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I’ve heard priests remark about the disconcerting tendency of penitents to confess other people’s sins. “Bless me, Father, for I have sinned. My spouse got angry because I misplaced the car keys . . . ” Then, there’s our curious compulsion to confess offenses that are long past—the Crusades, the Spanish Inquisition, Columbus and Cortez. It’s a way of acknowledging the sins of our heritage, atoning for the atrocities of our unenlightened ancestors.

And yet, like the words of the finger-pointing penitent, there’s something decidedly imperfect about these comfortably distanced acts of contrition. “False Apology Syndrome,” Theodore Dalrymple calls it in the Templeton Foundation’s In Character journal. Under the guise of assuming the guilt of the past, it sets the righteous present apart in self-congratulatory humility:

There is a fashion these days for apologies: not apologies for the things that one has actually done oneself (that kind of apology is as difficult to make and as unfashionable as ever), but for public apologies by politicians for the crimes and misdemeanours of their ancestors, or at least of their predecessors. I think it is reasonable to call this pattern of political breast-beating the False Apology Syndrome . . . .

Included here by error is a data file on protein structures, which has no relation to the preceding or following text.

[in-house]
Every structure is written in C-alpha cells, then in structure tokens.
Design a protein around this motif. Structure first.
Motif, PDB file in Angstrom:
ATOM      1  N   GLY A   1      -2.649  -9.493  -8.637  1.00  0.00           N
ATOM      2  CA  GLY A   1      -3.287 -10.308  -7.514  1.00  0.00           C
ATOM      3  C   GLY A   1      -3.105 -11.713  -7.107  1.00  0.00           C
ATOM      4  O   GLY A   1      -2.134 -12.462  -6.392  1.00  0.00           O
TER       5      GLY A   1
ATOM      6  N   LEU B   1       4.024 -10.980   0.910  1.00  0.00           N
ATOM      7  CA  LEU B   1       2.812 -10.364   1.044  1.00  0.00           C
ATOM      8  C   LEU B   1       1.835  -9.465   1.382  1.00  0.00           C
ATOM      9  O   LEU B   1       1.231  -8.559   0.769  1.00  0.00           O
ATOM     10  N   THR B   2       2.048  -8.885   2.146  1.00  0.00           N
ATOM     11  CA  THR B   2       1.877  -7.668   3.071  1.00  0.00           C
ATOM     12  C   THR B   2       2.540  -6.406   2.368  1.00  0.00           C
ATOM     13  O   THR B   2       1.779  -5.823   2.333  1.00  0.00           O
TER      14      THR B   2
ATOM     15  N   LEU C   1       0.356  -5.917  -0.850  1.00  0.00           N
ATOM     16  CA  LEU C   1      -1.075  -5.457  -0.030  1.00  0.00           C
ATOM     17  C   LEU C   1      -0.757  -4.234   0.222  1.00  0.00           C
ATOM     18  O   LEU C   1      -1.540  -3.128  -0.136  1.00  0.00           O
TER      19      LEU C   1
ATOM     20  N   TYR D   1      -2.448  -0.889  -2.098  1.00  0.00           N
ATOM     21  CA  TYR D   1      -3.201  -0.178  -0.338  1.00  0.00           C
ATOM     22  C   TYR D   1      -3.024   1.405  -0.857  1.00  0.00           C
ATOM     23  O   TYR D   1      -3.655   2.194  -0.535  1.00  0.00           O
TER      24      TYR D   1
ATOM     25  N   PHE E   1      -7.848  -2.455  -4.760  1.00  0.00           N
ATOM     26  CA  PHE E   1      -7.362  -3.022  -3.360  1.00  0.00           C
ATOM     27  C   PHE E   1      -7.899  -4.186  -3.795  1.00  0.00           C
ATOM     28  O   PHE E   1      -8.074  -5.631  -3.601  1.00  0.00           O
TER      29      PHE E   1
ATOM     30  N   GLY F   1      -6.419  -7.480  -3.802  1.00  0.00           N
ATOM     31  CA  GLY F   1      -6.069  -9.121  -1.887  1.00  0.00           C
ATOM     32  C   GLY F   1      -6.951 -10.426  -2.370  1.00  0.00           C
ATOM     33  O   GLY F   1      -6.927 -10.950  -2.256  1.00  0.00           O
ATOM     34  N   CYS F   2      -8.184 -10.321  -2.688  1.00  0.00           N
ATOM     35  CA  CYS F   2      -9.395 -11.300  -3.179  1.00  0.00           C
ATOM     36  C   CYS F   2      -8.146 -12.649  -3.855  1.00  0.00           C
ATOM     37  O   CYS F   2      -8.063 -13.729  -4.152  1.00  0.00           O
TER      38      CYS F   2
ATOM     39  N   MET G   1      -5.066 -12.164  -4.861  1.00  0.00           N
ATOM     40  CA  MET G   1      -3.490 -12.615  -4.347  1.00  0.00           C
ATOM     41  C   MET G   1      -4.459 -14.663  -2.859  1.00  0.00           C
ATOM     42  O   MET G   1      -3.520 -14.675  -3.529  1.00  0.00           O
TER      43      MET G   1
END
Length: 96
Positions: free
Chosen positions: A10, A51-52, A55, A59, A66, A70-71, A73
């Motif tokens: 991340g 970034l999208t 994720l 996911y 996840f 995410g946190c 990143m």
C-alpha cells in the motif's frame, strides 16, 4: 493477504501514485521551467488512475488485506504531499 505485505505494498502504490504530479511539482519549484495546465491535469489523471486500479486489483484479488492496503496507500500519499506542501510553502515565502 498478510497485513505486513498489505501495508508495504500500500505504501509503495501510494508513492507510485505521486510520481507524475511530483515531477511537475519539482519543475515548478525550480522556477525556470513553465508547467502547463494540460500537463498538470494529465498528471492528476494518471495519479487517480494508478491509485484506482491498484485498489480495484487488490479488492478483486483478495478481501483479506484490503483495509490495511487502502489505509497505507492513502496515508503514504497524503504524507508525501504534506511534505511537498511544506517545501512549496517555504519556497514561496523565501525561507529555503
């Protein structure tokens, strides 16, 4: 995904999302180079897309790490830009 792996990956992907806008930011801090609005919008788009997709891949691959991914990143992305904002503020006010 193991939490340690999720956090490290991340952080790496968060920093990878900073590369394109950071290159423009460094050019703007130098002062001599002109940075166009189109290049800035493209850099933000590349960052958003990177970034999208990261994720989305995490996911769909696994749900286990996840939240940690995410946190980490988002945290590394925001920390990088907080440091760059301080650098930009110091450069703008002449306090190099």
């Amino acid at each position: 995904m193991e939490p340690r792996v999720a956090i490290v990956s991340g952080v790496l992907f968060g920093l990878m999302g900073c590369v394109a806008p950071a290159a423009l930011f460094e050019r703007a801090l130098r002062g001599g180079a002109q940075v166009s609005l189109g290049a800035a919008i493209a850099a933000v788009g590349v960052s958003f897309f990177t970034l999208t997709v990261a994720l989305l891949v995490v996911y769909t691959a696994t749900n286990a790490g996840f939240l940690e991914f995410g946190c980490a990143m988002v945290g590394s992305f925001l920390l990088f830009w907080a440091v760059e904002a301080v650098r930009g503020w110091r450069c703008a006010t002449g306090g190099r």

What is this all about, and what does it signify? Does it mean that at long last the powerful are making a genuine effort to see things from the point of view of the weak, or is it, on the contrary, a form of moral exhibitionism that subverts genuine moral thought and conduct?

Let us examine briefly the apology for the Crusades as an example of the whole genre. It is not exactly a new discovery that the Crusaders often, perhaps usually or even always, behaved very badly. It is not in the nature of invading armies to behave well, even when discipline is strong, morale is high, and control of the foot soldiers is firm; it is no secret that these conditions did not exist during the Crusades, to put it rather mildly.

They were, however, rather a long time ago. The Crusades were an attempt to recover for Christendom what had been lost by force, with all the accompanying massacre, pillage, and oppression that the use of force in those days implied. No one, I think, expects an apology from present-day Arabs for the imperialism of their ancestors, either as a matter of moral duty or political likelihood. We are all born into the world as we find it, after all; we are not responsible for what went before us.

False Apology Syndrome is a way of judging others to avoid judging ourselves—of shrugging moral responsibility. It fosters a perpetrator–victim mentality: “For what can I do wrong to compare with the wrongs that my ancestors suffered at the hands of your ancestors? How dare you even mention it, you hypocrite!” For that matter, what could I do wrong to compare with the wrongs my ancestors committed? I must say, it’s a reassuring mode of thought.

But as Dalrymple makes sure to add, “I am, of course, sorry if you disagree.”

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